Monday, September 01, 2014

Tyson: Extension districts shouldn’t have tax authority

By ABBY ECKEL, Herald Staff Writer | 3/5/2014

Extension districts could raise local property taxes if a bill in the Kansas Senate doesn’t pass, Caryn Tyson said.

Senate Bill 411, as amended, would require multi-county extension districts established pursuant to KSA 2-625 to get county commission approval from each county in the district when an increase in the extension district budget occurs, according to a summary of the bill. The bill would remove the taxing authority from extension districts and put it in the hands of the county commissions within an extension district.

Extension districts could raise local property taxes if a bill in the Kansas Senate doesn’t pass, Caryn Tyson said.

Senate Bill 411, as amended, would require multi-county extension districts established pursuant to KSA 2-625 to get county commission approval from each county in the district when an increase in the extension district budget occurs, according to a summary of the bill. The bill would remove the taxing authority from extension districts and put it in the hands of the county commissions within an extension district.

The bill came out of the Committee on Assessment and Taxation, in which state Sen. Tyson, R-Parker, serves as vice chair, and now is being heard on the Senate floor.

The reasoning for the bill stems from 2013 when the Kansas State Extension saw budget cuts, Tyson said, and extension districts were allowed to consider raising the mill levies in the counties they serve, which in turn would raise property taxes.

“When it was brought to my attention, it was that constituents were concerned it was going to be another taxing authority,” Tyson said.

An extension district’s mill levy currently has no cap, Tyson said, and the proposed Senate bill would make sure such mill levy decisions would be up to the county commissioners within each district.

Statewide, mill levies of the extension districts have stayed the same, and even in some cases decreased, Daryl Buchholz, associate director for extension at Kansas State University, said.

Once a district gets settled and has optimized efficiencies and effectiveness, the mill levy for the district goes down, he said.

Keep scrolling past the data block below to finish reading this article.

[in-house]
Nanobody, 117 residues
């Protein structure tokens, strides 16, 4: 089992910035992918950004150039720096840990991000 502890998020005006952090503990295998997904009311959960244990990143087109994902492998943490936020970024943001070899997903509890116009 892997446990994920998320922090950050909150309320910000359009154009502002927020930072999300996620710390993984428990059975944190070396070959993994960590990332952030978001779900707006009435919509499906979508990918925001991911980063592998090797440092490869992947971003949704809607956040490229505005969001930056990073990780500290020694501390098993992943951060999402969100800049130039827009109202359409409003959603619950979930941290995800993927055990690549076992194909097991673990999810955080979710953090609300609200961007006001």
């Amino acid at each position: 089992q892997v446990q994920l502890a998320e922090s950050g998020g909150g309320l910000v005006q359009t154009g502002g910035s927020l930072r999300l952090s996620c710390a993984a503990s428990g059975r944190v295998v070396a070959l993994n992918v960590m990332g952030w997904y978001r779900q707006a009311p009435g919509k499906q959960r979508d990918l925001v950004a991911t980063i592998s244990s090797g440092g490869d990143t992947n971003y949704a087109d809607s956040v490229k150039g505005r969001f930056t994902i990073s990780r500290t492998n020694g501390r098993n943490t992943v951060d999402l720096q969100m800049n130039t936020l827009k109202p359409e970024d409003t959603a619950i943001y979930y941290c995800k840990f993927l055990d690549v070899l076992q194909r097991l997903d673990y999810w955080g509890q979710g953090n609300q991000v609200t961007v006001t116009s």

“The efficiencies and effectiveness we gain into moving into that model allows us to hold mill levies constant and doesn’t change hardly at all,” Buchholz said. “Maybe a little fluctuation up or down, but long-term trends are flat.”

For each district, county commissioners appoint four board members to represent them on the district board, Buchholz said, then comes an election process where board members are elected every other year.

The reason districts are able to keep the mill levy flat, or even decrease it, is because of the elected board members, Fran Richmond, Frontier Extension District director, told members of the Franklin County Board of Commissioners Wednesday morning.

“The trend over time [for mill levies] has gone down, and that’s because of the financial stewardship of the elected board because our boards are elected at elections,” Richmond said.

Richmond presented information Wednesday morning to commissioners about SB 411 and how it would affect both county commissions and extension districts if the bill passes.

One portion of the bill that could cause problems involves the districts that include more than one county, Richmond said. The bill would require all counties in a district to come to an agreement on a district’s budget, she added.

“I guess it’ll be more difficult passing a budget with every county in the district,” she said. “Some of the districts have five counties, and that’s a problem. It will be more difficult to work with multiple county commissions.”

Buchholz agreed, saying, “I think county commissioners would say ‘I don’t have interest in what goes on across [the other] counties.’ That’s why we have that elected board — that what we’re doing as a district is being done in an efficient and effective manner.

“Our greatest concern and belief is that over time that amount of confusion and difficulty it would be to work through that whole process [of passing a budget] that eventually it would dismantle extension districts. If that took place, it negates all the positive things that have happened, and we think we’ve made tremendous strides.”

K-State Research and Extension extends resources and addresses public needs with university resources through non-formal, non-credit programs. Programs are largely administered through county extension offices that bring land-grant university expertise to the local level, according to the K-State Extension website. Extension agents help farmers grow crops, help families plan safe and nutritious meals, and help children acquire the necessary skills to become tomorrow’s leaders through 4-H and other youth development programs, the website said.

Tyson said the process wouldn’t be as difficult as extension district officials were expecting, noting each county commission would just have to approve its portion of the extension district’s budget.

Commissioners from extension districts have spoken against the bill, Buchholz said, and he hopes the opposition is enough to derail the bill.

“I think it’s evident we’re concerned about [SB 411] and pleased that many of our county commissioners who currently reside in counties where districts have been in place for a number of years, that they’re the voices that have come forward,” he said. “I’m pleased they’re responding in that way. It’s another piece of evidence from our perspective that our local boards are doing a good job and keeping commissions informed on what’s going on.”

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